Second Wind: What wouldn’t you do? |

Second Wind: What wouldn’t you do?

Some questions wake us up – a pail of ice water dumped on the head. Here’s one: If you had only one year to live, what would you do?

Here’s another: Why aren’t you doing that now?

Me, I have trouble with those wake-up questions. My priorities are not so tidy that I can answer fast and then believe myself. So I’m backing into a reply by asking a third question:

What am I doing now that I wouldn’t be doing if I had only a year to live?

That question makes it easier. Subtract everything that is a major pain in a body part and look at what’s left. That’s the basic pay dirt of your life, the things you enjoy or find worthwhile. Next add in the things you always meant to do. Now you have a handle on what you’d do with that one last theoretical year.

Older people and time

People who toddle on past 50, 60 and 70 know that they are getting up there, there being the place where time Matters with a capital M because by then one knows how fast time passes. Birthdays for the older adult pass by like subways stations seen from a speeding train.

So yes, we silver heads have time on our minds. We know having a long future is no longer a given the way it is to a 5-year-old who has a lifetime supply. Time – the living and breathing left to us – turns out to be the most precious commodity on earth.

The good obsession

So me, I’m getting obsessed about my most precious possession. If you think shoe obsessions are bad, I confess I’m someone who keeps opening my mental closet to admire and count the days I might have left.

So, yes, I’m a time junkie. Can’t get enough. Always looking for more. Try and take it from me and I’ll smack you one.

OK, I won’t do that, but I will say no to the person who asks me to knit booties for orphan squirrels. I pick my volunteer work and am beginning to get the sense to know when my calendar and heart are full. Still very involved professionally, I put my goals into A, B and C categories and then pay no attention to the C’s. Older people shouldn’t be playing in the minor leagues when it comes to priorities.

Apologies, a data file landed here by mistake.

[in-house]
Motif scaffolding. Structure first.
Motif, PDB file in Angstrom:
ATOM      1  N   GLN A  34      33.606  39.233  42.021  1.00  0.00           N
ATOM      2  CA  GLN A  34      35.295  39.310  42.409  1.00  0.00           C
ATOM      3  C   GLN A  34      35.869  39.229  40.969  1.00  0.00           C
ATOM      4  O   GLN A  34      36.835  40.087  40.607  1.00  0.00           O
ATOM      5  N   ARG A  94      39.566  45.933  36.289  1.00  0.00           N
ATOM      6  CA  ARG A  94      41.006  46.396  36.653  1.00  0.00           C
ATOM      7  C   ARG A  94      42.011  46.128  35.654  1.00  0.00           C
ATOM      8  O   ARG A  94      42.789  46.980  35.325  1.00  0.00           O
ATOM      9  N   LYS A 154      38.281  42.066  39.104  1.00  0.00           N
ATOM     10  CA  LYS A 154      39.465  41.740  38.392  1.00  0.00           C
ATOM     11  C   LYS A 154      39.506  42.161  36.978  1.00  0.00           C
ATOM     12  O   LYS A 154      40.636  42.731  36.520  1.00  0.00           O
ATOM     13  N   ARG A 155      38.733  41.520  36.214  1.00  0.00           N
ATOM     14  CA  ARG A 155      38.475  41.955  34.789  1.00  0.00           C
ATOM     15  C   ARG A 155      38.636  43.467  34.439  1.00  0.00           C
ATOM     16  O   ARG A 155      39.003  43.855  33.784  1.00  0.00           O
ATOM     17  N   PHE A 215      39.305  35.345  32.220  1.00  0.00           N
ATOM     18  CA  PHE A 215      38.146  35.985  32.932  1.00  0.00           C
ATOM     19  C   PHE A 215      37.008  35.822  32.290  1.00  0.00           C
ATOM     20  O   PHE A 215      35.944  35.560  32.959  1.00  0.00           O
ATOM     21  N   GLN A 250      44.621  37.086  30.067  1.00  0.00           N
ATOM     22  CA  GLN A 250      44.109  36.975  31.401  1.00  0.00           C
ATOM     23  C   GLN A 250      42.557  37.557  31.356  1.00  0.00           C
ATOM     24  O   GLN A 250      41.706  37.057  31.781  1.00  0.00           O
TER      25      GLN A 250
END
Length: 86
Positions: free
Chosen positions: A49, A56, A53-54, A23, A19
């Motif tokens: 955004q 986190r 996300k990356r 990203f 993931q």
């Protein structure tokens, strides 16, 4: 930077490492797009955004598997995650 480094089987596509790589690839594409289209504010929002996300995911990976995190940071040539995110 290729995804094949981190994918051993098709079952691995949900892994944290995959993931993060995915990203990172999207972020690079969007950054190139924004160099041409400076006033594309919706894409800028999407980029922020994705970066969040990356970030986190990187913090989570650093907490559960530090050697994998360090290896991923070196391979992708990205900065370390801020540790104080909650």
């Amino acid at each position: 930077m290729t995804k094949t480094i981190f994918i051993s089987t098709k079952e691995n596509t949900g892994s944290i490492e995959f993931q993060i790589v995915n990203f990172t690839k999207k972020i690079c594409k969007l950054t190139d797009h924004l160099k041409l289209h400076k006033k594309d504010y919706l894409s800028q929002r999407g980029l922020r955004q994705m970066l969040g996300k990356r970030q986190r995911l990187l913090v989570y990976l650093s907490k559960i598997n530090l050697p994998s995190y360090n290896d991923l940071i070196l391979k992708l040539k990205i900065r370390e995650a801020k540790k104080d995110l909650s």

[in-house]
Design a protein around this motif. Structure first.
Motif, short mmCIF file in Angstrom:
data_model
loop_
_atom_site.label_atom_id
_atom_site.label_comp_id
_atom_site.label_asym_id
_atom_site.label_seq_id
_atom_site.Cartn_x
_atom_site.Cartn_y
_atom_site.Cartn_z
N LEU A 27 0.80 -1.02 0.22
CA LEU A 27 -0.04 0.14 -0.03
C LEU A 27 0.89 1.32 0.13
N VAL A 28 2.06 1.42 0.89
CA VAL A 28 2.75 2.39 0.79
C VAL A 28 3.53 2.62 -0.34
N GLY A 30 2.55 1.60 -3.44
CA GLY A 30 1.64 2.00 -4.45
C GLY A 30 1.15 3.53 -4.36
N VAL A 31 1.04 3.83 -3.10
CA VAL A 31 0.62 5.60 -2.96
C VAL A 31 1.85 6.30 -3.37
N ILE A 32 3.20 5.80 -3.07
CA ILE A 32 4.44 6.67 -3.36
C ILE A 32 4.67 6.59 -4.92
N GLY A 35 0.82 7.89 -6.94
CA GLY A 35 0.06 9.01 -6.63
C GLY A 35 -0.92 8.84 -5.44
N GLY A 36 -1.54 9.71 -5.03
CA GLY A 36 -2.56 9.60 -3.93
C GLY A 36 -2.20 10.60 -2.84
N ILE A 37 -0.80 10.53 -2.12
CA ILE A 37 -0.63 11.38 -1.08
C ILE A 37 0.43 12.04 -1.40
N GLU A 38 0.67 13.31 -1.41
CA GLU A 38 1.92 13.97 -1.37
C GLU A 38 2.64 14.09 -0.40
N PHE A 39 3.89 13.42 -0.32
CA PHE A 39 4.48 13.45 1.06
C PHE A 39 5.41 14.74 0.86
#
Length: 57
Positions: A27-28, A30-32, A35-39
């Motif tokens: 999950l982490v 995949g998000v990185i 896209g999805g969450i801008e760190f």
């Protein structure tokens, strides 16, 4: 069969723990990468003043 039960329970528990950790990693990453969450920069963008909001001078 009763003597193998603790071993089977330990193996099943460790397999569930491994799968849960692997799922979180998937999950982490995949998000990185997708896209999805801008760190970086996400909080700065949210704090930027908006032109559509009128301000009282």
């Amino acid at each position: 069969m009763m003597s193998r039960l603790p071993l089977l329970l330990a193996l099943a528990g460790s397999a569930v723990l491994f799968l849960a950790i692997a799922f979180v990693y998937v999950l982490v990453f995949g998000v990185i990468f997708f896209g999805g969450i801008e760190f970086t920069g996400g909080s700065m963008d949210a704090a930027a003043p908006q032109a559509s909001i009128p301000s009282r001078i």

Family: The confession

Increasingly I am more selective about the energy expended on relatives. If a literate, phone-toting grandchild can’t thank me for a gift, no more time spent picking out special gifts. My beloved ingrate gets a singing e-mail greeting instead. And this may lose me my granny license, but I say no to the very kind invitations to kids’ birthday parties. If I wanted to ruin my hearing, I’d go to a rock concert instead. I figure graduations from 8th grade, high school and college for 12 grandchildren will keep me busy enough in the calendar department.


As we all know, there are friends and then there are friends. The less desirable ones never call unless they want something. Well, I want something too – good friends – which means a fairly even exchange of concern, favors and time. Users and takers should be pruned away for the life and the health of older people, we who just don’t have the energy to be taken advantage of anymore. Gerontologists call this pruning process “social selectivity” which means we older people get fussy about the company we keep. No more bad bosses over for fussy dinners.

Words to the wise

I talk these issues over with friends and they say they feel guilty saying no to time-wasters. But if we don’t honor our time, who will? Nobody else watches our hourglass. Minding time is a job that can’t be delegated. So maybe we should go ahead and get living as though we had just one more year.

Then do that for the next 30.


Mel Walsh is an author of four books, a radio host at KVMR-FM 89.5 and a gerontologist who writes about life after 50. Her new book, “Hot Granny,” Chronicle Books, is now available at your local bookstore or online. She and HOT GRANNY will be on national TV, Tuesday, May 8 on the v”Early Show” on CBS.

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